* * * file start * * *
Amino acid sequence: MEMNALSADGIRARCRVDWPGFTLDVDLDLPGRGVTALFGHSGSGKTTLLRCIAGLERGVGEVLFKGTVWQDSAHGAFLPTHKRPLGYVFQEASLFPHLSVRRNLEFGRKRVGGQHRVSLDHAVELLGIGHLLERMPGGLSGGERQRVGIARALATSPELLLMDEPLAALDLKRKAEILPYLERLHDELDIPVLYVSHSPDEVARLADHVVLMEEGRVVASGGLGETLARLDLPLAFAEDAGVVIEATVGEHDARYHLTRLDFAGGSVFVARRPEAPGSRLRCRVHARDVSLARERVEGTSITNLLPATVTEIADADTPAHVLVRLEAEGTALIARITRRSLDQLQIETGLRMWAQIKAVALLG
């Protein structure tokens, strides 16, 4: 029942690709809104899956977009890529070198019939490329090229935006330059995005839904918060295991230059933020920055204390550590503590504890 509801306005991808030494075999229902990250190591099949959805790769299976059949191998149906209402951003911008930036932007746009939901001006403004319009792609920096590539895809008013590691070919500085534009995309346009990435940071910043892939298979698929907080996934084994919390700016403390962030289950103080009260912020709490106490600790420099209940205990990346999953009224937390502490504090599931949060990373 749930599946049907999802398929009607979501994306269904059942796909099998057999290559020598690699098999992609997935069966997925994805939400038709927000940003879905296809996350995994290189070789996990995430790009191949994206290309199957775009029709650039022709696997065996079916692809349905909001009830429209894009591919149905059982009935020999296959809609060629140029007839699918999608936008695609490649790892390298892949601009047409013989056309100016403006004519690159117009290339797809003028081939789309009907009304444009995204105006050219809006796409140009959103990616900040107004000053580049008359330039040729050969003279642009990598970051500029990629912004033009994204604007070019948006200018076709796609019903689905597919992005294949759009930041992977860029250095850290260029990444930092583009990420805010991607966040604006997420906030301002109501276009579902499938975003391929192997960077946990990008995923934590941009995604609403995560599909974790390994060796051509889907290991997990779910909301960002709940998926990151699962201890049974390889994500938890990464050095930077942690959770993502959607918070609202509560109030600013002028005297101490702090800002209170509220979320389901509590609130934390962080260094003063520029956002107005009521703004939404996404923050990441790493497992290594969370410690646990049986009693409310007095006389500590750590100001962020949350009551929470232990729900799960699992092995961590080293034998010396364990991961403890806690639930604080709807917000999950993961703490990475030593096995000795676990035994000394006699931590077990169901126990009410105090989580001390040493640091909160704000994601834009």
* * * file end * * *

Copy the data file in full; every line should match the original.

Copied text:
Amino acid sequence: MEMNALSADGIRARCRVDWPGFTLDVDLDLPGRGVTALFGHSGSGKTTLLRCIAGLERGVGEVLFKGTVWQDSAHGAFLPTHKRPLGYVFQEASLFPHLSVRRNLEFGRKRVGGQHRVSLDHAVELLGIGHLLERMPGGLSGGERQRVGIARALATSPELLLMDEPLAALDLKRKAEILPYLERLHDELDIPVLYVSHSPDEVARLADHVVLMEEGRVVASGGLGETLARLDLPLAFAEDAGVVIEATVGEHDARYHLTRLDFAGGSVFVARRPEAPGSRLRCRVHARDVSLARERVEGTSITNLLPATVTEIADADTPAHVLVRLEAEGTALIARITRRSLDQLQIETGLRMWAQIKAVALLG
């Protein structure tokens, strides 16, 4: 029942690709809104899956977009890529070198019939490329090229935006330059995005839904918060295991230059933020920055204390550590503590504890 509801306005991808030494075999229902990250190591099949959805790769299976059949191998149906209402951003911008930036932007746009939901001006403004319009792609920096590539895809008013590691070919500085534009995309346009990435940071910043892939298979698929907080996934084994919390700016403390962030289950103080009260912020709490106490600790420099209940205990990346999953009224937390502490504090599931949060990373 749930599946049907999802398929009607979501994306269904059942796909099998057999290559020598690699098999992609997935069966997925994805939400038709927000940003879905296809996350995994290189070789996990995430790009191949994206290309199957775009029709650039022709696997065996079916692809349905909001009830429209894009591919149905059982009935020999296959809609060629140029007839699918999608936008695609490649790892390298892949601009047409013989056309100016403006004519690159117009290339797809003028081939789309009907009304444009995204105006050219809006796409140009959103990616900040107004000053580049008359330039040729050969003279642009990598970051500029990629912004033009994204604007070019948006200018076709796609019903689905597919992005294949759009930041992977860029250095850290260029990444930092583009990420805010991607966040604006997420906030301002109501276009579902499938975003391929192997960077946990990008995923934590941009995604609403995560599909974790390994060796051509889907290991997990779910909301960002709940998926990151699962201890049974390889994500938890990464050095930077942690959770993502959607918070609202509560109030600013002028005297101490702090800002209170509220979320389901509590609130934390962080260094003063520029956002107005009521703004939404996404923050990441790493497992290594969370410690646990049986009693409310007095006389500590750590100001962020949350009551929470232990729900799960699992092995961590080293034998010396364990991961403890806690639930604080709807917000999950993961703490990475030593096995000795676990035994000394006699931590077990169901126990009410105090989580001390040493640091909160704000994601834009």